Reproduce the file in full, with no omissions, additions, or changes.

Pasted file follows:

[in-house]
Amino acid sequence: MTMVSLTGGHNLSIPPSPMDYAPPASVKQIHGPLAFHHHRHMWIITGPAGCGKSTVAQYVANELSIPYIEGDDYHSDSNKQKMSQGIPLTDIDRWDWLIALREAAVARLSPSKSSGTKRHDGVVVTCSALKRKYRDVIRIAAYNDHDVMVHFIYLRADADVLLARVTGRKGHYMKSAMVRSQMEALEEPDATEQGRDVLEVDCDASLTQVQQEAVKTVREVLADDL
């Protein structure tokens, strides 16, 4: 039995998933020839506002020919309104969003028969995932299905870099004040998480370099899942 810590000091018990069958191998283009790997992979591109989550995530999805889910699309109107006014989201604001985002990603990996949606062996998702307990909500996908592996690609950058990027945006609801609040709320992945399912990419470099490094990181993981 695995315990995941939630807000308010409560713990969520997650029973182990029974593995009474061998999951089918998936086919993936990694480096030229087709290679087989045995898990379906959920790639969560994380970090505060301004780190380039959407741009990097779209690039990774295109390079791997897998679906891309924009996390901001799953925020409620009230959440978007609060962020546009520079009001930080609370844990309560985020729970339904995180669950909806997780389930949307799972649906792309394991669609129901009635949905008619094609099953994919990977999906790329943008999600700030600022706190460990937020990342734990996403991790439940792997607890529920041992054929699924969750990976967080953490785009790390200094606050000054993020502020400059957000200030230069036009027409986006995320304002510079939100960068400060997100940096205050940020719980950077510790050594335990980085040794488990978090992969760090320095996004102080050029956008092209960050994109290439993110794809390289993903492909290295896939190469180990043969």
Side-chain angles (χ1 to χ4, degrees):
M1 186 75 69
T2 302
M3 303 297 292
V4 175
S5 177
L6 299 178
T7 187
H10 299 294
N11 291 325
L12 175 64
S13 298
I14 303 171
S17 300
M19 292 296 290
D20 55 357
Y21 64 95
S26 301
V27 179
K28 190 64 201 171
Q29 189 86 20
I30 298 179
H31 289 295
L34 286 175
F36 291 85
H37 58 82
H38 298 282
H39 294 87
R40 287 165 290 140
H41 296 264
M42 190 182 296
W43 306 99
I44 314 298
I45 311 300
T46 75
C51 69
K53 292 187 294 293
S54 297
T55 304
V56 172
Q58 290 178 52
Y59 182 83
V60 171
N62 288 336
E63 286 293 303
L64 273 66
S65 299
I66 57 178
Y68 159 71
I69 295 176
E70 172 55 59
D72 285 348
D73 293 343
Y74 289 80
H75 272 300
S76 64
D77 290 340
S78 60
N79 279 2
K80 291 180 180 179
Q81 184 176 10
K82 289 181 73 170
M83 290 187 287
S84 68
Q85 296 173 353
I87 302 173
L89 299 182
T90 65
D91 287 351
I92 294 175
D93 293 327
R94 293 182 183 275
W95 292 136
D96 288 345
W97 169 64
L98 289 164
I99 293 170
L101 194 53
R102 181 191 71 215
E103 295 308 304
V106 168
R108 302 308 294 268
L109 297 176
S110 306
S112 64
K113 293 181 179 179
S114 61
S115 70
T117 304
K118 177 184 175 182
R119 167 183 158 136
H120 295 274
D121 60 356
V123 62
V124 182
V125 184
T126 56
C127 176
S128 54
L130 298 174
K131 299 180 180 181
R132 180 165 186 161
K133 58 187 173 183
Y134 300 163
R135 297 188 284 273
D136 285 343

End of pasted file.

[in-house]
Amino acid sequence: MTMVSLTGGHNLSIPPSPMDYAPPASVKQIHGPLAFHHHRHMWIITGPAGCGKSTVAQYVANELSIPYIEGDDYHSDSNKQKMSQGIPLTDIDRWDWLIALREAAVARLSPSKSSGTKRHDGVVVTCSALKRKYRDVIRIAAYNDHDVMVHFIYLRADADVLLARVTGRKGHYMKSAMVRSQMEALEEPDATEQGRDVLEVDCDASLTQVQQEAVKTVREVLADDL
């Protein structure tokens, strides 16, 4: 039995998933020839506002020919309104969003028969995932299905870099004040998480370099899942 810590000091018990069958191998283009790997992979591109989550995530999805889910699309109107006014989201604001985002990603990996949606062996998702307990909500996908592996690609950058990027945006609801609040709320992945399912990419470099490094990181993981 695995315990995941939630807000308010409560713990969520997650029973182990029974593995009474061998999951089918998936086919993936990694480096030229087709290679087989045995898990379906959920790639969560994380970090505060301004780190380039959407741009990097779209690039990774295109390079791997897998679906891309924009996390901001799953925020409620009230959440978007609060962020546009520079009001930080609370844990309560985020729970339904995180669950909806997780389930949307799972649906792309394991669609129901009635949905008619094609099953994919990977999906790329943008999600700030600022706190460990937020990342734990996403991790439940792997607890529920041992054929699924969750990976967080953490785009790390200094606050000054993020502020400059957000200030230069036009027409986006995320304002510079939100960068400060997100940096205050940020719980950077510790050594335990980085040794488990978090992969760090320095996004102080050029956008092209960050994109290439993110794809390289993903492909290295896939190469180990043969």
Side-chain angles (χ1 to χ4, degrees):
M1 186 75 69
T2 302
M3 303 297 292
V4 175
S5 177
L6 299 178
T7 187
H10 299 294
N11 291 325
L12 175 64
S13 298
I14 303 171
S17 300
M19 292 296 290
D20 55 357
Y21 64 95
S26 301
V27 179
K28 190 64 201 171
Q29 189 86 20
I30 298 179
H31 289 295
L34 286 175
F36 291 85
H37 58 82
H38 298 282
H39 294 87
R40 287 165 290 140
H41 296 264
M42 190 182 296
W43 306 99
I44 314 298
I45 311 300
T46 75
C51 69
K53 292 187 294 293
S54 297
T55 304
V56 172
Q58 290 178 52
Y59 182 83
V60 171
N62 288 336
E63 286 293 303
L64 273 66
S65 299
I66 57 178
Y68 159 71
I69 295 176
E70 172 55 59
D72 285 348
D73 293 343
Y74 289 80
H75 272 300
S76 64
D77 290 340
S78 60
N79 279 2
K80 291 180 180 179
Q81 184 176 10
K82 289 181 73 170
M83 290 187 287
S84 68
Q85 296 173 353
I87 302 173
L89 299 182
T90 65
D91 287 351
I92 294 175
D93 293 327
R94 293 182 183 275
W95 292 136
D96 288 345
W97 169 64
L98 289 164
I99 293 170
L101 194 53
R102 181 191 71 215
E103 295 308 304
V106 168
R108 302 308 294 268
L109 297 176
S110 306
S112 64
K113 293 181 179 179
S114 61
S115 70
T117 304
K118 177 184 175 182
R119 167 183 158 136
H120 295 274
D121 60 356
V123 62
V124 182
V125 184
T126 56
C127 176
S128 54
L130 298 174
K131 299 180 180 181
R132 180 165 186 161
K133 58 187 173 183
Y134 300 163
R135 297 188 284 273
D136 285 343